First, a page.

... the ones I just got, the casings are made by Michelin.
Technically, the entire tire is "made by Michelin," since B.F. Goodrich is simply a Michelin brand name. To know which plant produced the tire, you need to look at the DOT code. Plants formerly owned by B.F. Goodrich (before the Michelin take-over) now produce tires branded both Michelin and B.F. Goodrich, and existing Michelin plants worldwide also turn out tires under the Goodrich brand.
As with many multi-national corporate buyouts, Michelin have chosen to keep the Goodrich corporate assets, such as HQ, R&D labs, etc., intact and operating under the Goodrich brand and moniker, because (1) consumer perception plays a big role in purchase behavior (many people who have a "buy American" mentality will buy a Goodrich tire but would never buy a "French" tire) and (2) it is easier to sell the brand and/or the corporate assets to another player later if you keep as much separate as possible.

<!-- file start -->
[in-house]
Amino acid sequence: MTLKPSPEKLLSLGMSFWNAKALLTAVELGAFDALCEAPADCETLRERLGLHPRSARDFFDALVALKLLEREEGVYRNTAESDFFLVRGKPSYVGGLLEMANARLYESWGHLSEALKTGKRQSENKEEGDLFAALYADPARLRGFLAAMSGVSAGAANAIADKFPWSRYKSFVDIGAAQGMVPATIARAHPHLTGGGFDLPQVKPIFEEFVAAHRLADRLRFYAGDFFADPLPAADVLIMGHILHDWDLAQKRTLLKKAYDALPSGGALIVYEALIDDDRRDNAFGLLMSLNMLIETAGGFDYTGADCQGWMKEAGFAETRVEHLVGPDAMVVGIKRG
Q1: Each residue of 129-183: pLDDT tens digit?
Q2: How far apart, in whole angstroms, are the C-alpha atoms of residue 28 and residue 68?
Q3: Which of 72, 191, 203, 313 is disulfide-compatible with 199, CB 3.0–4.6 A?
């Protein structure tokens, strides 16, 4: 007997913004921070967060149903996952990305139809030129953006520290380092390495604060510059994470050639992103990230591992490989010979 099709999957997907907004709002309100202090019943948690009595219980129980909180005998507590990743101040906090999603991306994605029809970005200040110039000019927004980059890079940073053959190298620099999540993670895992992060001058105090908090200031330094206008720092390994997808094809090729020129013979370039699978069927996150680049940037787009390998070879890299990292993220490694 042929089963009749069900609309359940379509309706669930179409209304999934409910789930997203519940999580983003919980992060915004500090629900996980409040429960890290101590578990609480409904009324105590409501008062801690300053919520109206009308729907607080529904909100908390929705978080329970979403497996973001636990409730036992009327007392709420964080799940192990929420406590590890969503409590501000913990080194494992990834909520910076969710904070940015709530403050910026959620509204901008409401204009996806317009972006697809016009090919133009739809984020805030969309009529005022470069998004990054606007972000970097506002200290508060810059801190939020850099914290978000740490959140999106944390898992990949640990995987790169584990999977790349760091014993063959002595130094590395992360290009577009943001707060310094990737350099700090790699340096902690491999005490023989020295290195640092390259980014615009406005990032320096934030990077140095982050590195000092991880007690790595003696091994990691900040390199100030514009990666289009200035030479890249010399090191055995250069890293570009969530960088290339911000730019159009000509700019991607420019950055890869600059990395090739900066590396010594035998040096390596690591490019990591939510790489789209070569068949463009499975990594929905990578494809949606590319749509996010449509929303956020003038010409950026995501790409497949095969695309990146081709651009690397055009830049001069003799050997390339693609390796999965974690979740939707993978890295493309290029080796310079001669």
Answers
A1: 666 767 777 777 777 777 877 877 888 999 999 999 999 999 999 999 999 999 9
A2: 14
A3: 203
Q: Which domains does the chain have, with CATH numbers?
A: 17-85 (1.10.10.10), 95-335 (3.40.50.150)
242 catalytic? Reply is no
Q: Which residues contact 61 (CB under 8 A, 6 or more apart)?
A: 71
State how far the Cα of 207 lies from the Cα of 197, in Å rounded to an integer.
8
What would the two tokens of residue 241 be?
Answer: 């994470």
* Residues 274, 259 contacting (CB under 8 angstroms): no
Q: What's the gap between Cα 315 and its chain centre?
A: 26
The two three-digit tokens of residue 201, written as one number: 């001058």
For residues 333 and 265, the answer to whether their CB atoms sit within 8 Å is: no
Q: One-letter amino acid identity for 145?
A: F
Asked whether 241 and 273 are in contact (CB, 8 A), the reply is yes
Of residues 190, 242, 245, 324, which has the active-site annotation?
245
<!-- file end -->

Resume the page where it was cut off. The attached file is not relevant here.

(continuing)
Sometimes companies don't grok this immediately, and pay dearly later. When British Petroleum (BP) bought out Standard Oil (Amoco, aka Standard Oil of Indiana), they immediately re-branded all Amoco and Standard stations as BP stations, and thus immediately lost market share to other brands perceived to be "U.S." brands (such as Exxon and Chevron). They corrected for it, only after the damage was done, by hanging signs in former Amoco stations under the BP brand saying "Amoco Fuels."
Never underestimate the market power of a well-established brand name.
In any case, the distinction now is purely artificial -- both Michelin and B.F. Goodrich tires are "made by" Michelin.